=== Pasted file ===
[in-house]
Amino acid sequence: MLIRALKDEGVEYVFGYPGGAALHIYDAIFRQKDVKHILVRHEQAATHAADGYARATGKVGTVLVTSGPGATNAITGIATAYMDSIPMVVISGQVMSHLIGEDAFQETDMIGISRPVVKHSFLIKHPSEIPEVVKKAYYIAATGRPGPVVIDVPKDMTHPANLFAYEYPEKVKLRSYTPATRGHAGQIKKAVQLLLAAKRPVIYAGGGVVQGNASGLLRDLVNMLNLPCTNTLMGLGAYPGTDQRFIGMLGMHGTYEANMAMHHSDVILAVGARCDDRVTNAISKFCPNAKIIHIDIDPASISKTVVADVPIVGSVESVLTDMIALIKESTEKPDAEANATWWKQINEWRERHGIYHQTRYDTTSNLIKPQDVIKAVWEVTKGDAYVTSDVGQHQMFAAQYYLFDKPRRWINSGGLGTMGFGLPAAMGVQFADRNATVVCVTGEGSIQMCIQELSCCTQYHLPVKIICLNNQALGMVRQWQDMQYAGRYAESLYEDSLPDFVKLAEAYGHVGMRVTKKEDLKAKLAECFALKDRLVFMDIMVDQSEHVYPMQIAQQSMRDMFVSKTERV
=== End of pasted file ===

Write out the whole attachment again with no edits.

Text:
[in-house]
Amino acid sequence: MLIRALKDEGVEYVFGYPGGAALHIYDAIFRQKDVKHILVRHEQAATHAADGYARATGKVGTVLVTSGPGATNAITGIATAYMDSIPMVVISGQVMSHLIGEDAFQETDMIGISRPVVKHSFLIKHPSEIPEVVKKAYYIAATGRPGPVVIDVPKDMTHPANLFAYEYPEKVKLRSYTPATRGHAGQIKKAVQLLLAAKRPVIYAGGGVVQGNASGLLRDLVNMLNLPCTNTLMGLGAYPGTDQRFIGMLGMHGTYEANMAMHHSDVILAVGARCDDRVTNAISKFCPNAKIIHIDIDPASISKTVVADVPIVGSVESVLTDMIALIKESTEKPDAEANATWWKQINEWRERHGIYHQTRYDTTSNLIKPQDVIKAVWEVTKGDAYVTSDVGQHQMFAAQYYLFDKPRRWINSGGLGTMGFGLPAAMGVQFADRNATVVCVTGEGSIQMCIQELSCCTQYHLPVKIICLNNQALGMVRQWQDMQYAGRYAESLYEDSLPDFVKLAEAYGHVGMRVTKKEDLKAKLAECFALKDRLVFMDIMVDQSEHVYPMQIAQQSMRDMFVSKTERV